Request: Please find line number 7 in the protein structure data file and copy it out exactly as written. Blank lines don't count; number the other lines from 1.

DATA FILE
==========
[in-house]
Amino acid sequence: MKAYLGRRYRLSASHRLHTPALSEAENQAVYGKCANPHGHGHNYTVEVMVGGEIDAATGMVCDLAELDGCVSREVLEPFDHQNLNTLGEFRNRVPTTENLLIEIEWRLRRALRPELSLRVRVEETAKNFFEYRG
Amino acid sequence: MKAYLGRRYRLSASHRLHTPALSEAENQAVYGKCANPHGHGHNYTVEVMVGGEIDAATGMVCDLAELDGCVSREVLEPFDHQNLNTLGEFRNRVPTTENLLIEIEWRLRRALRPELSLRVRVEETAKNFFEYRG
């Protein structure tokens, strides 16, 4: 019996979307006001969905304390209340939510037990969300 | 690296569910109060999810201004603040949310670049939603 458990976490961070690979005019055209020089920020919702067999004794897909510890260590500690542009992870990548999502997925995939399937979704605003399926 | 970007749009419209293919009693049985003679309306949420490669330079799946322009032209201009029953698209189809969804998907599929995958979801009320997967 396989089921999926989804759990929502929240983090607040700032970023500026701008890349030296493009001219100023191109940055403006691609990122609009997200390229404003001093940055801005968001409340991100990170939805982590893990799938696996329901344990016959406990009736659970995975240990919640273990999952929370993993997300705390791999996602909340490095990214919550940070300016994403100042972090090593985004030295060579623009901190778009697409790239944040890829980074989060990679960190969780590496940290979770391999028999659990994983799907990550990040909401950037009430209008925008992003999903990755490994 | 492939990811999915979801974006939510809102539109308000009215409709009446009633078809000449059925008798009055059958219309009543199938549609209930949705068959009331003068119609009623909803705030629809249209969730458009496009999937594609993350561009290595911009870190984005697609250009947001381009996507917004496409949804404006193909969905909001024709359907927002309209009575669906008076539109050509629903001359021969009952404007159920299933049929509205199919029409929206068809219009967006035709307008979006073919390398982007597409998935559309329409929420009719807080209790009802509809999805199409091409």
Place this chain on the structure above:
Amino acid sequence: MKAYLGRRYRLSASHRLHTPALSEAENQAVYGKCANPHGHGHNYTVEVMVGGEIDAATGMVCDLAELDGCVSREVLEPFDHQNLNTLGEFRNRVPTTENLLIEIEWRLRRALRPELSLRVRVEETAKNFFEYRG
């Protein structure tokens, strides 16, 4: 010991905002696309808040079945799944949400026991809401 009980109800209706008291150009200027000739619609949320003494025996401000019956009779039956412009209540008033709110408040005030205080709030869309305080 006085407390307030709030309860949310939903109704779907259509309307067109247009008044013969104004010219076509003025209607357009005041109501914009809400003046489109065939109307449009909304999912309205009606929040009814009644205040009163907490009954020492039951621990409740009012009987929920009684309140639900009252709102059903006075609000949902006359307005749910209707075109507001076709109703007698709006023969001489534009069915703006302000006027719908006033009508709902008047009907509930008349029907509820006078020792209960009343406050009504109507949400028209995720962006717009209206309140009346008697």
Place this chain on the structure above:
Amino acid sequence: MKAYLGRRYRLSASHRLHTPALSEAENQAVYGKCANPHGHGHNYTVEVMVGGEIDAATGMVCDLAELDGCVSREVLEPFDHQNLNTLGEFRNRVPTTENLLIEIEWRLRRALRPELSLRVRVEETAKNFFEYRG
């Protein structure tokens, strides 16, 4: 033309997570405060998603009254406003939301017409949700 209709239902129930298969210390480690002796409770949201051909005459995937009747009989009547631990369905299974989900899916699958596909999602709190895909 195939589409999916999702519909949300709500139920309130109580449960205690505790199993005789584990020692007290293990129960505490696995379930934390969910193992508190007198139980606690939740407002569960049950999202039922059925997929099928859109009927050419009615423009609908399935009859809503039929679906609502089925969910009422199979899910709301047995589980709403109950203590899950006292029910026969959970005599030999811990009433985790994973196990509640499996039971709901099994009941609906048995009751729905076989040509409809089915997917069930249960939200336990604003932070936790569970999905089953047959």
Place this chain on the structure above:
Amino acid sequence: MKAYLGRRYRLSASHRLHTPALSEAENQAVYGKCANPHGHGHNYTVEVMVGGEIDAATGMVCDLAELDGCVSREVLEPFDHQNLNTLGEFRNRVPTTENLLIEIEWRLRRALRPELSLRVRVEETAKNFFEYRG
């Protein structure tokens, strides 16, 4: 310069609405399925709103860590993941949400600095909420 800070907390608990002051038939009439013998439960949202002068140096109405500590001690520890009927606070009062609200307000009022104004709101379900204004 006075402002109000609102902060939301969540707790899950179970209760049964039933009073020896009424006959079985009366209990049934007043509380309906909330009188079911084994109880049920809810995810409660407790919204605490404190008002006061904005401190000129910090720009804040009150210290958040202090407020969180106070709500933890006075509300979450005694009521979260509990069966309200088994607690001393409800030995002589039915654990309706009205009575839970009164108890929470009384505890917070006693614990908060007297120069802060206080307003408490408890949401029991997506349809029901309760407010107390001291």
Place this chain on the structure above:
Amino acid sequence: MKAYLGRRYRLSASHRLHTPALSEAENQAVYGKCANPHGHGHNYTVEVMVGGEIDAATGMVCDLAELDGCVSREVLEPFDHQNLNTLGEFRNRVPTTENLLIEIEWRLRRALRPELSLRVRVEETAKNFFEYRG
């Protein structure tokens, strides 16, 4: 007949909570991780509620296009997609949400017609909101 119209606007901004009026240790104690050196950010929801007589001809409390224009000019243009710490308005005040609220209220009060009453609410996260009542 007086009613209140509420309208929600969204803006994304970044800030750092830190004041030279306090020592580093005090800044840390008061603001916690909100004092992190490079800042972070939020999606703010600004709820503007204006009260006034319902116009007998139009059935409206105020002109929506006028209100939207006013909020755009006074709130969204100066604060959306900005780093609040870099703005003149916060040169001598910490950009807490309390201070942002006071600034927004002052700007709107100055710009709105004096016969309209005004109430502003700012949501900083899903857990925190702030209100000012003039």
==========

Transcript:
């Protein structure tokens, strides 16, 4: 010991905002696309808040079945799944949400026991809401 009980109800209706008291150009200027000739619609949320003494025996401000019956009779039956412009209540008033709110408040005030205080709030869309305080 006085407390307030709030309860949310939903109704779907259509309307067109247009008044013969104004010219076509003025209607357009005041109501914009809400003046489109065939109307449009909304999912309205009606929040009814009644205040009163907490009954020492039951621990409740009012009987929920009684309140639900009252709102059903006075609000949902006359307005749910209707075109507001076709109703007698709006023969001489534009069915703006302000006027719908006033009508709902008047009907509930008349029907509820006078020792209960009343406050009504109507949400028209995720962006717009209206309140009346008697």